Like many Americans, I am frustrated by the situation in Iraq.
On the one hand, I am eager to see us pull out of the mess Mr. Bush got us into, probably (only time will tell), unnecessarily.
I am sick of seeing naive young people die for what is, at the moment, ultimately no reason. If we had not invaded, many fewer terrorists would be out there. That much is clear. Iraq has become a nest in which terrorist breed.
On the other hand, even though the pretext for invasion has been completely discredited, we are there now and so are a lot of bad people eager to kill American soldiers.
News is now emerging that Iraq, rather than being a battle ground, as it is often described by the White House, is instead becoming a training ground for terrorists to take to other countries.
Basically, we are screwed.
I feel hopeless. I want to protest but, to who? The president is deaf to the whole thing except his narrow vision.
Ultimately, we need to take our medicine and get out. Splitting Iraq into 4 sections makes the most sense. A Shiite dominated South, a Kurdish North, a Sunni West, with Baghdad and a few other pockets as independent regions not governed by any one sect or people.
Basically the U.S. screwed up. Bush screwed up but, we need to take responsibility for it.
Any way we can, we need to stop the killing on all sides. Staying does not seem to be the solution. Our presence only seems to make matters worse (duh!). Short of our eternal presence, we need to find a solution that gives control for the moment back to Iraqis but that also includes the involvement of the various regional powers.
It is a medicine none of us want to swallow but the patient will be sick for years unless we make an effort to end the mess.
“When we started out in 1993 we had a style = fart sign hanging in the studio (it is no more) – we very consciously avoided any stylistic traps. In the meantime I have learned that good (and if necessary even trendy) style (and wonderful form) play an important role in delivering content to the viewer. But I never thought that graphic design has to be timeless. With very few exceptions (say highway signage) I love the fact that design starts to look dated after a while.”—interview with Sagmeister by Heller
“Passion is not enthusiasm. It is not love. It is not enjoyment, and it is not flow. Passion is an unstoppable overflowing of emotion that destroys in its satisfaction, that torpedoes lives and marriages and nations, that shoots husbands or coworkers or strangers in rage. It is the hot lava of the soul, and it burns what it pours over. It is not the positive team-building thing your supervisor would have you believe. Passion causes wars and brutal killings and divorces, and has astronauts wearing Depends and the headmistresses of girls’ schools going to jail, and gets husbands run over in parking lots. To say that a bunch of software engineers or graphic designers are passionate about their work is to try to interject sex and confusion and addiction and desire into a kind of work that is essentially asexual, organized, left brain, and sober.”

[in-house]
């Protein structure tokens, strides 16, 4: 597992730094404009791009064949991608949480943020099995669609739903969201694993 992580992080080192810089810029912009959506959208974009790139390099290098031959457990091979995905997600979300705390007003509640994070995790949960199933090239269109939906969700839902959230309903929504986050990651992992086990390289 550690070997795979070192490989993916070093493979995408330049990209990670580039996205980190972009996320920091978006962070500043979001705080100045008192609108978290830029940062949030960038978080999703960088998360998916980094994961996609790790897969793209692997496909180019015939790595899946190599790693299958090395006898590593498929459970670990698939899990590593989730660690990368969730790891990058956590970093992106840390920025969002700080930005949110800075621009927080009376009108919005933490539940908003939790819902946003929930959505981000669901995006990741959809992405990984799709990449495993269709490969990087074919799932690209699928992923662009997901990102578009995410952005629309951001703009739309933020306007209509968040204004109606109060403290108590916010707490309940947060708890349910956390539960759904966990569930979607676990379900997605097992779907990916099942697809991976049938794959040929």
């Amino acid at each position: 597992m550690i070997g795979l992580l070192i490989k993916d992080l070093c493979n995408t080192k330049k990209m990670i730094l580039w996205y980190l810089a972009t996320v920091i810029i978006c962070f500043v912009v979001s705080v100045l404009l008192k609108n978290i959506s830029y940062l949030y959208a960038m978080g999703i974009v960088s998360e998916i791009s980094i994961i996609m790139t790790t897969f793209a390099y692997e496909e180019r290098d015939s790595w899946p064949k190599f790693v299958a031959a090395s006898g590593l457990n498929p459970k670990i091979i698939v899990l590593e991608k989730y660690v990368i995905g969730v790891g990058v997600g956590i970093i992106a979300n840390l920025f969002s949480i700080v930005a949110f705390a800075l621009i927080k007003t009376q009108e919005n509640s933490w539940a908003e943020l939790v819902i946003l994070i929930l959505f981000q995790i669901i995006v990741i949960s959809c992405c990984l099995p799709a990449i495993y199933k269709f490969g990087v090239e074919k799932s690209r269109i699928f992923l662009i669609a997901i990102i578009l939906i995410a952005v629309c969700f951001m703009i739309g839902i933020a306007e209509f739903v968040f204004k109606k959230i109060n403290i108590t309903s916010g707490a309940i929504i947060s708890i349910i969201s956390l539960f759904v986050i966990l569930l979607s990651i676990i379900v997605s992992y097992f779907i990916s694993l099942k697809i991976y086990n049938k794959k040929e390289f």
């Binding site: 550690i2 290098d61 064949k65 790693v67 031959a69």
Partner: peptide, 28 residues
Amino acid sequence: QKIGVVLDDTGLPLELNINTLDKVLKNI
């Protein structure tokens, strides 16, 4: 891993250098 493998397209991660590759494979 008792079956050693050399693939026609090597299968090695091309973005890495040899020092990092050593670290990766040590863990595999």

“Basically, in type setting, you never use a full return. Other than default leading/line spacing, every paragraphical structure, no matter how small or big, should be looked at as an individual element that must find balance in the total layout of the design in typographic, spacial/structural, color, and information hierarchy.”—For my students on design of a resume.
I apply dog food to form words from different world religious scriptures. I videotape the process of the dog eating words and play backward. This gives a sense that this white dog is releasing religious teachings.
Chinese banks invest in some pretty horrible things that harm the planet. What can we do? Don’t do business with these U.S. banks until they work with China to clean things up.
"But banks like HSBC, RBS, Citigroup, Goldman Sachs, and Bank of America all own large shares in Chinese banks. They must take responsibility for ensuring that high environmental standards, which they all claim to have, are also adopted by their strategic business partners."